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This question is concerning Texas Hold'Em rules.

If my opponent goes "All-In" and I call with more chips than he does, do I immediately show my cards?

During a recent game, my opponent called "All-In" before the flop, but after we were dealt our two cards. As I began to burn/turn cards, my opponent and another individual yelled at me to turn my two cards over, insisting that since my opponent could not make further bets, we were both to show our cards immediately before the flop. This caused a slight mistake in the game, causing my opponent to call a misdeal and potentially losing him the game.

Was he in the wrong or did I make a big mistake?

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1  
I thought you only turned the cards over after noone can bet? Where did they come up with a different rule? –  Jan Dvorak Jan 20 at 6:12
    
Thanks for the swift response Jan. I told them I believe they unintentionally made a house rule, but they said I was wrong. I figured I'd ask some experts! –  B-Chan Jan 20 at 6:15
    
Thank you everyone for responding! Apparently I can't comment on your individual responses without having 50 reputation, so I can only respond with a separate answer. At the time of this play, there were three players (we had four originally, but one player was now completely out of the game). During the blinds ante, one player folded out, leaving only myself and my opponent. Before the flop, he went all in with a small amount of chips. I had more than he did. I called the bet and without showing my cards, began to burn and turn the cards as usual, assuming that once all the cards were turned, –  B-Chan Jan 20 at 15:29
    
Aha, now I understood what happened. Your opponents are right: typically you show your hand right away in that situation. However, it doesn't make any difference about who wins / who loses etc. –  Radu Murzea Jan 20 at 15:51
    
PS: You didn't had to create a new account to answer this... –  Radu Murzea Jan 20 at 15:51

7 Answers 7

The rule is: The cards must be shown in the case of all-in when there are no more possible moves (fold/check/bet/raise) to be made by any of the players that are in the hand.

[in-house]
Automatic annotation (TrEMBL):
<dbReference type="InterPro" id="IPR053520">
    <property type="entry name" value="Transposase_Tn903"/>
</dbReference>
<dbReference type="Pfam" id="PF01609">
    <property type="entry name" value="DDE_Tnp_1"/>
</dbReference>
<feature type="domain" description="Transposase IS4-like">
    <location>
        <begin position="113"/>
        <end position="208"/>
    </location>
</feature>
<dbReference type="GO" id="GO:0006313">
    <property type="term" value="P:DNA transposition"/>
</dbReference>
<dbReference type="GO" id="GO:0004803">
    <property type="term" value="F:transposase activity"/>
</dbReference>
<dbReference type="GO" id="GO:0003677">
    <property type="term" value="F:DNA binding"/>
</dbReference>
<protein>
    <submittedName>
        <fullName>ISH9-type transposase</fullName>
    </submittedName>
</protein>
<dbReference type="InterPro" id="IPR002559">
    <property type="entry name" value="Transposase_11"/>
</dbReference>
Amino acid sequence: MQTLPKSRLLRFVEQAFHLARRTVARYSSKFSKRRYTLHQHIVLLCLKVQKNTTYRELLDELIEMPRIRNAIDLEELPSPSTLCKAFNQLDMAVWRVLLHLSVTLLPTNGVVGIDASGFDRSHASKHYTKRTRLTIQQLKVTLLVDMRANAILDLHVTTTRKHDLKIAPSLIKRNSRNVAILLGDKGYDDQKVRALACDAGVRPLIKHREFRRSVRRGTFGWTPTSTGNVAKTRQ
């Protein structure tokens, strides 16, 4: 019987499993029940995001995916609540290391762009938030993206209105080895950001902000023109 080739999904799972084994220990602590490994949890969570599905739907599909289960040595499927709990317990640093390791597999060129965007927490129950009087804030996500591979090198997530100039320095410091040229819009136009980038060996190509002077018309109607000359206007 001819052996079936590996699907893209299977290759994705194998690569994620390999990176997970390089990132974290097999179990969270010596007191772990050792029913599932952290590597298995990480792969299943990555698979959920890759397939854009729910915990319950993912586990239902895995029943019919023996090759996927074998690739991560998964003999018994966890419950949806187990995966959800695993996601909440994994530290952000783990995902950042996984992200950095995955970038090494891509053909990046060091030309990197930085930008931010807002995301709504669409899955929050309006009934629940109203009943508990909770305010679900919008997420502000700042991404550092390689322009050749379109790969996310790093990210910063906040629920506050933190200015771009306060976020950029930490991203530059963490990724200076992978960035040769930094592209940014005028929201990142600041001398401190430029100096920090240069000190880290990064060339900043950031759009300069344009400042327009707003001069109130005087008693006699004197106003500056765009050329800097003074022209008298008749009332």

Now, this happens when:

  • all the chips of the participanting players are in the pot
  • there is only player in the hand that has chips. This is so because, since he's the only one left with chips, any action he does is irrelevant.

For example:

Players A, B and C are in the pot. Player C has the fewest chips. If player C goes all-in and players A and B call, then C must NOT show his cards until:

  • the river betting is over or
  • player A folds, leaving him in the pot just with player B or
  • player B folds, leaving him in the pot just with player A

PS: Unfortunately I don't understand exactly what happened in your particular situation. Who went all-in / who called / did someone call ?

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If C goes all-in and A folds, B can still fold or call. C may not show his cards until B is done deciding, right? –  Jan Dvorak Jan 20 at 14:59
    
@JanDvorak Right. Although in my scenario both A and B call :). –  Radu Murzea Jan 21 at 9:29

You also have to take into account whether you are playing a tournament or Cashgame.

  • For tournaments, the ruling is as described by Radu Murzea
  • In Cashgames, there is usually no showdown until the river is dealt. The player who has gone all in has to show his cards first. The player who called can then still muck his cards if he cannot beat his opponents cards
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After reading the question and your own response (http://poker.stackexchange.com/a/2704/88), it doesn't seem that much of a problem.

Firstly, you don't have to show your hand at all, ever. Although, if you don't you can't "claim" the hand. You must show a winning hand to take a pot. That's a general rule.

Secondly, the order of play matters in this case with usually the first player after the button having to show first at showdown to claim the hand. This is flexible depending on house rules.